The Blue Screen of Death greeted me at the office this morning, suggesting my laptop wasn’t ready for its autumn vacation to end. Nonetheless, albeit belatedly …
It was a good trip, but it’s even better to get back here right in the swing of the election season, with just under a month to go until election time.
The big story while I was gone, of course, was last week’s debate between Mitt Romney and Clint Eastwood’s Empty Chair President Obama. The consensus is that Romney won handily, and the opinion polls show a much-tightened race as a result: Not only is Obama’s lead in the Real Clear Politics average of polls down to just 1.1 percentage point, but Romney is up to his highest level in the past year, over 47 percent on average.
Without getting into details from the debate’s exchanges which y’all have probably already read many times during the past several days, I do want to make one observation. I watched the debate in its entirety on CNN International, but not until it was rebroadcast about 10 hours later. Just before the replay began, CNN ran through the day’s headlines — including the belief among analysts and even a snap poll of undecided viewers that Romney was the runaway winner. Intrigued, my dad and I watched with the expectation of a blow-out performance by Romney. I think it’s fair to say we both thought he won the debate, but not as easily as we’d been led to believe.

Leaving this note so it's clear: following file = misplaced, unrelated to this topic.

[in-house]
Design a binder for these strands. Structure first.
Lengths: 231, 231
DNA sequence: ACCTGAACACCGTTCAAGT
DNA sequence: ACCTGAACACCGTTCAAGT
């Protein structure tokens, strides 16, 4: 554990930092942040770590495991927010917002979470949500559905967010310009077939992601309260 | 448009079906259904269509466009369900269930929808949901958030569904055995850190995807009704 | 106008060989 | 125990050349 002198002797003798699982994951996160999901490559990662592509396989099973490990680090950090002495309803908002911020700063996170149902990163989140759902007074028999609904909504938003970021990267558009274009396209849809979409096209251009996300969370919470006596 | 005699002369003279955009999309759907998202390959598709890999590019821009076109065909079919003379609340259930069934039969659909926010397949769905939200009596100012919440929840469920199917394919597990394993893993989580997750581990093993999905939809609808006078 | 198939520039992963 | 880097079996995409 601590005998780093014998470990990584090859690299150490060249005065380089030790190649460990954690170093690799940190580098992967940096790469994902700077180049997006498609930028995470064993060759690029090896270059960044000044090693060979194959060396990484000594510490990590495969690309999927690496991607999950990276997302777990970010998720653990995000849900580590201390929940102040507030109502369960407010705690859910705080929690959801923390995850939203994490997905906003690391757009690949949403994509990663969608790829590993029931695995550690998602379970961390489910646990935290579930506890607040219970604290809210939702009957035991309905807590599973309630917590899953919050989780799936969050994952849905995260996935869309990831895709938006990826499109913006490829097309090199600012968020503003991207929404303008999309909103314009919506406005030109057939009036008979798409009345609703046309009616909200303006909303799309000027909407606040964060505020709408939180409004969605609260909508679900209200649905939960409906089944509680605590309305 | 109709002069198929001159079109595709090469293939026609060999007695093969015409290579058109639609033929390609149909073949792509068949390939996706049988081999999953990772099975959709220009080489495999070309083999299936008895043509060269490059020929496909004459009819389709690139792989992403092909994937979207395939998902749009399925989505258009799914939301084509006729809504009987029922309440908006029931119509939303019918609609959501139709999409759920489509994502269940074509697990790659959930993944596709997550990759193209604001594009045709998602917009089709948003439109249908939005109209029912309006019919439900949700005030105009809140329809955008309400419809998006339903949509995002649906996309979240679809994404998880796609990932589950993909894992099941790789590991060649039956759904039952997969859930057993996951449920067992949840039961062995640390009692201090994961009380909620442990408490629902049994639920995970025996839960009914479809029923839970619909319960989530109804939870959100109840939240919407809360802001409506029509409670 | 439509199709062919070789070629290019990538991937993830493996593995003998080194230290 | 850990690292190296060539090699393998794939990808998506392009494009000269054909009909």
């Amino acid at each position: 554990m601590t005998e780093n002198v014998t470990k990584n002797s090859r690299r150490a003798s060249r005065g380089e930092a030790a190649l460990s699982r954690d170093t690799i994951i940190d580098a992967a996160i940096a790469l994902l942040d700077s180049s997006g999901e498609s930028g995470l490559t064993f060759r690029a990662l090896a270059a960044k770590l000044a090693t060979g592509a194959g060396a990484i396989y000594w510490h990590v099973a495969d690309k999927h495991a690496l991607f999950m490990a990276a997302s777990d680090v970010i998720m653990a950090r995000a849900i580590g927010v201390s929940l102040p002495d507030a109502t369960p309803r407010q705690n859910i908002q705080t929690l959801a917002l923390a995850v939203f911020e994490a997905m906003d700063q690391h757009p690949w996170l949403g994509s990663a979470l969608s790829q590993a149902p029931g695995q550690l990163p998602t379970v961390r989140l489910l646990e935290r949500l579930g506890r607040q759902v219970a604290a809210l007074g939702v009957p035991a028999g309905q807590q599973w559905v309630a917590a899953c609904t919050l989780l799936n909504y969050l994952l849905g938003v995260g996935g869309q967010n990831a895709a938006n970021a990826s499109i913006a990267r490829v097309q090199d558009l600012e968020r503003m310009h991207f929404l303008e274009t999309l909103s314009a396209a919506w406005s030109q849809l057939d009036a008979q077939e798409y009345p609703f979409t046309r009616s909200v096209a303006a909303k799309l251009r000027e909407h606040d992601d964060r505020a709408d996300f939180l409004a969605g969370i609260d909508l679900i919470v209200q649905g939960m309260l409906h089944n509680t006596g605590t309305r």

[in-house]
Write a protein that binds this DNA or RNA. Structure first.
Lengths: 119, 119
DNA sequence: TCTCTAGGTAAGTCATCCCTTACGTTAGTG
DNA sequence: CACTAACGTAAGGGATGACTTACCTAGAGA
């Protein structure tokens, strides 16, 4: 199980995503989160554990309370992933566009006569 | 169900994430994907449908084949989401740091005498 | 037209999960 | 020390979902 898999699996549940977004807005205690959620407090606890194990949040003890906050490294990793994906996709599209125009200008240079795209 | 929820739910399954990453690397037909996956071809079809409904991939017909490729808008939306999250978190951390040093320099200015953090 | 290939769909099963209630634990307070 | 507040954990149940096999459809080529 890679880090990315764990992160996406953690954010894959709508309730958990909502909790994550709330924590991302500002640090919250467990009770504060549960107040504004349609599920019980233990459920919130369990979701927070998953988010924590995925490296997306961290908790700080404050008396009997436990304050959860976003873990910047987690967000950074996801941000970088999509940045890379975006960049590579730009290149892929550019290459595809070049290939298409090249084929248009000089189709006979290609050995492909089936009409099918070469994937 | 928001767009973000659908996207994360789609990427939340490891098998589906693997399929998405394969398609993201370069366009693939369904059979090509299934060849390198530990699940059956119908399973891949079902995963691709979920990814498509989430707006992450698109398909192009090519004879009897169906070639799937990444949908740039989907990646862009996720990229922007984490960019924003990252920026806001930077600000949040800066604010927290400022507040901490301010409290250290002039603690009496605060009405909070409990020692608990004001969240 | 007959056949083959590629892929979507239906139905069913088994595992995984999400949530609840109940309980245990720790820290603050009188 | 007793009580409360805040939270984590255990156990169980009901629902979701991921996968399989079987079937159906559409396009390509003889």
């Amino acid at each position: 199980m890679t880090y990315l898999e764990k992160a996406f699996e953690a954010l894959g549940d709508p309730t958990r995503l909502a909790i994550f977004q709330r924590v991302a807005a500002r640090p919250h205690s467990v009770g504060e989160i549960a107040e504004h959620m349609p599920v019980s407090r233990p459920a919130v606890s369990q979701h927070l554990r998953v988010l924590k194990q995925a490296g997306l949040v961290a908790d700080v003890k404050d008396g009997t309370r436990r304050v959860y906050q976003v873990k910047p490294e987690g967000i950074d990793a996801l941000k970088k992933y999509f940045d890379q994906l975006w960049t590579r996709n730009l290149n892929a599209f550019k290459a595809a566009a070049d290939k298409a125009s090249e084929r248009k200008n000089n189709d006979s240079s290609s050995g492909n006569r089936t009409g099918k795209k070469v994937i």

As I understand it, this contrasts significantly with the expectations set for most Americans who watched it live. From what I hear, the lead-up to the debate framed it more as the beginning of a month-long wake for Romney’s campaign. His lack of a convention bounce and much-parsed comments about the “47 percent” had all but snuffed out his chances, and the eloquent Mr. Obama would finish him off by verbally slicing and dicing him before a national TV audience.
Maybe that’s a bit exaggerated, but here’s the point: Expectations matter. If you’re conditioned to believe Obama’s going to flatten Romney in the debate, then watch as Romney is energetic and aggressive while Obama drones on and spends much of his time looking down at the lectern, you’re likely to believe Romney seriously over-performed. Had the pundits beforehand proclaimed Romney as the heavy favorite, his actual performance might not have lived up to it.
Again, I thought Romney really did get the better of Obama. But as we head into the remaining debates — particularly including Thursday’s vice presidential debate, in which Paul Ryan is widely expected to have his way with the malapropism-prone Joe Biden — this is a reminder to be aware of how the expectations game colors actual performances.
– By Kyle Wingfield